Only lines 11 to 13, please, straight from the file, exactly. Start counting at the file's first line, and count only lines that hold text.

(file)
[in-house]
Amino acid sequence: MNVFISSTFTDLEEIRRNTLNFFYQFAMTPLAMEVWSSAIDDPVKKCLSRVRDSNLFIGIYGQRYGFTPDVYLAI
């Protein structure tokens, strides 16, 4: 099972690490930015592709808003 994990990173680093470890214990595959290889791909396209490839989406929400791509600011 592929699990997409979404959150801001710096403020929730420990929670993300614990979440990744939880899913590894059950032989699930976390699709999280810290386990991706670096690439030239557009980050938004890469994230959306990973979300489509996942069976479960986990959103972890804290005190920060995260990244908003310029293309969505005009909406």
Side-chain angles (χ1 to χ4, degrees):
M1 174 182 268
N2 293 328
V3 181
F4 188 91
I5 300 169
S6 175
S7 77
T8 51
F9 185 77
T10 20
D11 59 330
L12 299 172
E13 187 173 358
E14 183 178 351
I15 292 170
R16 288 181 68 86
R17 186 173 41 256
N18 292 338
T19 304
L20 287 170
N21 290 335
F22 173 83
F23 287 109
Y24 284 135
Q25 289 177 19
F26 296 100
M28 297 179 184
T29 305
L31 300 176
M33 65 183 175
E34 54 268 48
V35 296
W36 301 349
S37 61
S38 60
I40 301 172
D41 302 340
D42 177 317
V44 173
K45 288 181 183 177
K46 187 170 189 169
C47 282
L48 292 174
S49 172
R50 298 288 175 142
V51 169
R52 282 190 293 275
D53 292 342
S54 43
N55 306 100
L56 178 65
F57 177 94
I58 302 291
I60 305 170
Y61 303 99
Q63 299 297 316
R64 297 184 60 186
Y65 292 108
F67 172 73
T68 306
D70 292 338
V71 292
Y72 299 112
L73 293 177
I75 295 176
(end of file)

S7 77
T8 51
F9 185 77